It would be a great contribution to the knowledge base here and would be much appreciated .
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Old 16th November 2010, 09:30 AM   #9
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Quote:
Originally Posted by Rick
Yes mate, it could be much worse .


Oooh, that looks interesting Rick Can we see the whole sword?
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Old 16th November 2010, 09:33 AM   #10
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Quote:
Originally Posted by Blacksmith
Hello, I bought a similar tulwar last year when I was traveling in India, from Udaipur, Rajasthan. The blade is like yours with same kind of wootz, mine only has a scarf welding near the hilt. There has been also a silver plating on the hilt, now almost gone. I saw a lot of tulwars like that ( a pile of them...), the blades with "worn out" of style. The seller said ( an antique dealer) that this kind of tulwars are easy to find in Rajasthan and the blade style is typical on Rajasthan tulwars. His opinion was that these are from end of 1700, beginning of 1800. I paid 120 euros of mine..



Hi Blacksmith,

Great story! A pile of wootz tulwars! (Where's my passport!!) It would be quite a way to go for me to get some more though
I agree with Rick, I'd love to see it.

Thanks
Gene

Last edited by Atlantia : 16th November 2010 at 11:18 AM.
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Old 16th November 2010, 10:27 AM   #11
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Here are some daylight pictures, note the interesting flaws and joins in the metal.
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Old 16th November 2010, 12:30 PM   #12
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Quote:
Originally Posted by Atlantia
Oooh, that looks interesting Rick Can we see the whole sword?


Sure :

http://www.vikingsword.com/vb/showt...ighlight=kirach
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Old 16th November 2010, 12:52 PM   #13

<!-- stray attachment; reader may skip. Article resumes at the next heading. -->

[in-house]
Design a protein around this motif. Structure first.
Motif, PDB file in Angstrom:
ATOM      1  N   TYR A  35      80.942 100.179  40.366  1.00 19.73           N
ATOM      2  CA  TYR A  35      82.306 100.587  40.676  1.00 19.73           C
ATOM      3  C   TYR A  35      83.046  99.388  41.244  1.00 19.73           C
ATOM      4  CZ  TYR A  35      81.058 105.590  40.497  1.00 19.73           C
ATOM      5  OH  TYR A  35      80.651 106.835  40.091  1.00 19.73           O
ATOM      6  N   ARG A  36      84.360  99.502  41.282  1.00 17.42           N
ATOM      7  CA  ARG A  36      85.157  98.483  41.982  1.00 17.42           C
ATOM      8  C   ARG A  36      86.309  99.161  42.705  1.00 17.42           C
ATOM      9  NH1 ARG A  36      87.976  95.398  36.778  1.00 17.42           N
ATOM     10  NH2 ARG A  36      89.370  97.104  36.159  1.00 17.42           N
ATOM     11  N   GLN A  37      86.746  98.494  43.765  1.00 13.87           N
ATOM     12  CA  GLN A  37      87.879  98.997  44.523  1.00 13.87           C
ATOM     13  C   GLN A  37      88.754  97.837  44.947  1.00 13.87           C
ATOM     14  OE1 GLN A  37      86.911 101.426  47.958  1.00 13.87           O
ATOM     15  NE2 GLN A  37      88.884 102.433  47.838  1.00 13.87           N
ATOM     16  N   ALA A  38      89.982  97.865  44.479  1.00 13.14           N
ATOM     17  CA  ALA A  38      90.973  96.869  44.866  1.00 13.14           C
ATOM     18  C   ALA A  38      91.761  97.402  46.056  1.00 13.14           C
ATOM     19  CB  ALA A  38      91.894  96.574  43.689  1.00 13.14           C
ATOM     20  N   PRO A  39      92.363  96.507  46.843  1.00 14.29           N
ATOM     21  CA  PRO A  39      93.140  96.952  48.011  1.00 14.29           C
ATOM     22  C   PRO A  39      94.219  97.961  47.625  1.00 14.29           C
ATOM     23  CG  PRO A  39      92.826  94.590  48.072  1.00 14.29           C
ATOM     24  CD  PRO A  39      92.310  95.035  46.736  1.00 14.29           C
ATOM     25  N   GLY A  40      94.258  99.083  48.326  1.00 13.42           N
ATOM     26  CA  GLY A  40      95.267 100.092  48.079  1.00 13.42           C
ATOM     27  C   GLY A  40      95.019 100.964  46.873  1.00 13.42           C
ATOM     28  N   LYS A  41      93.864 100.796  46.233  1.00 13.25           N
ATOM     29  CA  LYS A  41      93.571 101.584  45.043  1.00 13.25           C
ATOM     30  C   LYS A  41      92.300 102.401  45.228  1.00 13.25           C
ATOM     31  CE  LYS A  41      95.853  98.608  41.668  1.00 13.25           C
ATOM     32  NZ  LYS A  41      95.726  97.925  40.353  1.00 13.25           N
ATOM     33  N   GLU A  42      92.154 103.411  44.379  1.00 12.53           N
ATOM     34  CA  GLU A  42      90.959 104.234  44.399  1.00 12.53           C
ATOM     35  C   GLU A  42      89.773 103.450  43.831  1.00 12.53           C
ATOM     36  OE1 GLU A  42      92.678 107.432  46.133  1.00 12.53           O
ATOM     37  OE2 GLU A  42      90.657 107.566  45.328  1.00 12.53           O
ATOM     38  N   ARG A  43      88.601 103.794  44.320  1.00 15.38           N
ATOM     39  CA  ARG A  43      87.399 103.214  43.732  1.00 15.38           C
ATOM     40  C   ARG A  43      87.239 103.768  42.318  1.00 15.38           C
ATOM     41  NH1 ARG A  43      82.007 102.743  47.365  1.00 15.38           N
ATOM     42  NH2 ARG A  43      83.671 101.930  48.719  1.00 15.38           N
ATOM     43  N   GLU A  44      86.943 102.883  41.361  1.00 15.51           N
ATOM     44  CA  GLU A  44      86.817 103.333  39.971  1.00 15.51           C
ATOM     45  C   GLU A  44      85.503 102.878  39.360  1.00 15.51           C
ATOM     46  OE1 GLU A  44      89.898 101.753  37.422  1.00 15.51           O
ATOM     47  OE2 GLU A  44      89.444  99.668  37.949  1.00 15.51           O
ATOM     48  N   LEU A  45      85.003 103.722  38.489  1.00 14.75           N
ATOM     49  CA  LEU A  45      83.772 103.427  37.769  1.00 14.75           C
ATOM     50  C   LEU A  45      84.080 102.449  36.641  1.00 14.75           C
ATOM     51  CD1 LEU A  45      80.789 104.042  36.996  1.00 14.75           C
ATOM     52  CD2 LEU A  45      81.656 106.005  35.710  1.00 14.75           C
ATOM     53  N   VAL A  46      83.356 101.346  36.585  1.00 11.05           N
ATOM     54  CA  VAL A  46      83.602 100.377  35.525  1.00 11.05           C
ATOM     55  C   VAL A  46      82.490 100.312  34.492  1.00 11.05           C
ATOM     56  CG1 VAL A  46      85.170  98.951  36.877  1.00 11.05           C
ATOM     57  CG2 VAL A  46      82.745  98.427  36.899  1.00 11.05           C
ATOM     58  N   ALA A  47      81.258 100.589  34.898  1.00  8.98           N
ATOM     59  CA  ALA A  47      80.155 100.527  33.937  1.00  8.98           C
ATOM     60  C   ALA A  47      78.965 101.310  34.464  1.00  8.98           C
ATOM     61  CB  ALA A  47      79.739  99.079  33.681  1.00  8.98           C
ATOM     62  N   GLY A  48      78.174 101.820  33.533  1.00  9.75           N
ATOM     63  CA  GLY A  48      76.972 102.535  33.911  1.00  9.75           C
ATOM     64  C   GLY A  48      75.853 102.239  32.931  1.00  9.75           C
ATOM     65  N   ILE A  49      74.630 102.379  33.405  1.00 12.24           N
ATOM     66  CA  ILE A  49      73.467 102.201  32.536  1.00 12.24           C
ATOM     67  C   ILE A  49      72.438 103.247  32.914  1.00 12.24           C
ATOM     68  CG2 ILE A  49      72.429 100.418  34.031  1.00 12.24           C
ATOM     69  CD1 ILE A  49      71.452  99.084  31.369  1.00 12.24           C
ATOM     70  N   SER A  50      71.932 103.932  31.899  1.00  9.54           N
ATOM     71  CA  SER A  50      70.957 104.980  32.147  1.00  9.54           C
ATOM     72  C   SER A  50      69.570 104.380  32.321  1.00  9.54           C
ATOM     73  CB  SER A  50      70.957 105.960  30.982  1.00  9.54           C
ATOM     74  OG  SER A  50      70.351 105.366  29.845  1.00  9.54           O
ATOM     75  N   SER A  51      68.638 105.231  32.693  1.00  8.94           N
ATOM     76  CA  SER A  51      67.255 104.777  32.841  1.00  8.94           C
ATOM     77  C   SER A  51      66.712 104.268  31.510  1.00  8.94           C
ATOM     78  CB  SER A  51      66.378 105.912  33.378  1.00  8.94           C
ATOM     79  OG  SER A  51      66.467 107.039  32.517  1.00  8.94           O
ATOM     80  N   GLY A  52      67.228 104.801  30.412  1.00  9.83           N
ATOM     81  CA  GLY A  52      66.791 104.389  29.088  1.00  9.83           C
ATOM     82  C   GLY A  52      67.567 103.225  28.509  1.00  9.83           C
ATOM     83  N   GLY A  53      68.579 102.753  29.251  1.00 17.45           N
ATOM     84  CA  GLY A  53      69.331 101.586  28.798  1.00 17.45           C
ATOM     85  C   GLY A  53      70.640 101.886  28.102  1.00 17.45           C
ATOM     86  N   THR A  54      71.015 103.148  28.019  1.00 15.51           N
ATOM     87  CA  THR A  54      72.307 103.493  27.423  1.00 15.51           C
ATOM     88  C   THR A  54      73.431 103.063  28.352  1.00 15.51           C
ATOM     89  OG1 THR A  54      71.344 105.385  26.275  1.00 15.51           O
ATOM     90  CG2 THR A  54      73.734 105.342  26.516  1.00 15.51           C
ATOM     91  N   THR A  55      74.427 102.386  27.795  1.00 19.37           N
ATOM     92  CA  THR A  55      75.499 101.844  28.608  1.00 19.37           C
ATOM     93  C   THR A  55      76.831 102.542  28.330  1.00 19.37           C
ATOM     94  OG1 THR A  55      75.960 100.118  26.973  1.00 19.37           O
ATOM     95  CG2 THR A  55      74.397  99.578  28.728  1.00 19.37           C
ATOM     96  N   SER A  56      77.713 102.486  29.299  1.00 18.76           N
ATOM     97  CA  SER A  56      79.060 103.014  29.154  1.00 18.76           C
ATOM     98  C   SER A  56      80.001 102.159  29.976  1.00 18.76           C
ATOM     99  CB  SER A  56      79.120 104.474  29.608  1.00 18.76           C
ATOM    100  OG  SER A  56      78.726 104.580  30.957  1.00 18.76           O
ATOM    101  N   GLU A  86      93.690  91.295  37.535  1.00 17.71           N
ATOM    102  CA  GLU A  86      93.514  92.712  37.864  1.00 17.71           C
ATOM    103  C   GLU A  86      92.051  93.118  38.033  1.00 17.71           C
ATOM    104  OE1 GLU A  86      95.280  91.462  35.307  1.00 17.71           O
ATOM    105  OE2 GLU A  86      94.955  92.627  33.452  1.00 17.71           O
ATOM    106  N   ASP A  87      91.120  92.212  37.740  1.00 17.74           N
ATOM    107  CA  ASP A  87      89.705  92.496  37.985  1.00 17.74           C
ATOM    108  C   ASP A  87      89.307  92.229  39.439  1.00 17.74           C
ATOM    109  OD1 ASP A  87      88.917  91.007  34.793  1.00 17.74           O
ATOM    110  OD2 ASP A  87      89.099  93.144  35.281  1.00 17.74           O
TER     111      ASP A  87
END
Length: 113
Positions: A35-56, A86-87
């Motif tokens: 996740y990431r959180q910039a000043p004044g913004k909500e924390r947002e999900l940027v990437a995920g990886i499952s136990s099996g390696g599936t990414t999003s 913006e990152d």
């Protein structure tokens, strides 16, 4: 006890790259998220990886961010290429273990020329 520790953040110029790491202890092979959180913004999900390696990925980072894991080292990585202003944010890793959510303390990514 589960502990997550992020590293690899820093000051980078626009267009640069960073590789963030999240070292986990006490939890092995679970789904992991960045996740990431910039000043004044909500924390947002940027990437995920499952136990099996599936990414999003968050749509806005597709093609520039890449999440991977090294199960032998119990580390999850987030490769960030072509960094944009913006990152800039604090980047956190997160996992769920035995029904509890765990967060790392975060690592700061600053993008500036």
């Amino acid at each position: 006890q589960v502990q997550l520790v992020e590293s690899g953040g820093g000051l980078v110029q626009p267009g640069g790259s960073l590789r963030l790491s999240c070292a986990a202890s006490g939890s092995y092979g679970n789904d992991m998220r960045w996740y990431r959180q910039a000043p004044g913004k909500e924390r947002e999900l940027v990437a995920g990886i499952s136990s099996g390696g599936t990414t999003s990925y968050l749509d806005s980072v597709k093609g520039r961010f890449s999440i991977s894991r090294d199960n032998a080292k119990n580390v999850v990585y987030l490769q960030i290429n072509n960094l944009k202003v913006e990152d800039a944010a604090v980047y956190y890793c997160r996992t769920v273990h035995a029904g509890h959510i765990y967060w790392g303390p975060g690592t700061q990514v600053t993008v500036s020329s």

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Quote:
Originally Posted by Rick


That's a fantastic sword Rick! Love it !!!!
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Old 16th November 2010, 07:24 PM   #14
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Ah, to have as much silver cladding left as yours does .

Good thrusting sword, that Kirach .
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Old 19th November 2010, 10:21 PM   #15
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Hello all and sorry about the delayd answer. I have been a member for a long time but haven`t introduce myself. So, my name is Timo and Im a blacksmith from Finland. I collect indo-persian weapons and I have travelled in India quite a many times, visiting museums and antique stores and collecting information.

Im sorry, but on that day I saw the pile of the swords (it was really a pile, a dozens of tulwars lying on the floor on the back of the antique dealers room) I didn`t have a camera with me. Otherwise I would not regret that so much but I was offered a real rarity and that was something I`l like to have a picture now.
It was a Rajasthani style hilted tulwar with one side of the blade been damascus and other side a nice, clear pattern wootz. Have any ideas how that kind of blade have been made? I have make damascus myself and I know that the welding temperature to make damascus or forge welding is so high that in that temperature you will loose the hardness and the pattern from the wootz.
The dealer asked 6000 euros, but that was way over my travelling budget,though now I think that I should have bought the sword and take a credit card for use..

So, a normal looking tulwar with nice gold koftgari handle and a blade with other side of mechanical damascus and other wootz. Any ideas?
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Old 20th November 2010, 09:01 AM   #16
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Quote:
Originally Posted by Blacksmith
Hello all and sorry about the delayd answer. I have been a member for a long time but haven`t introduce myself. So, my name is Timo and Im a blacksmith from Finland. I collect indo-persian weapons and I have travelled in India quite a many times, visiting museums and antique stores and collecting information.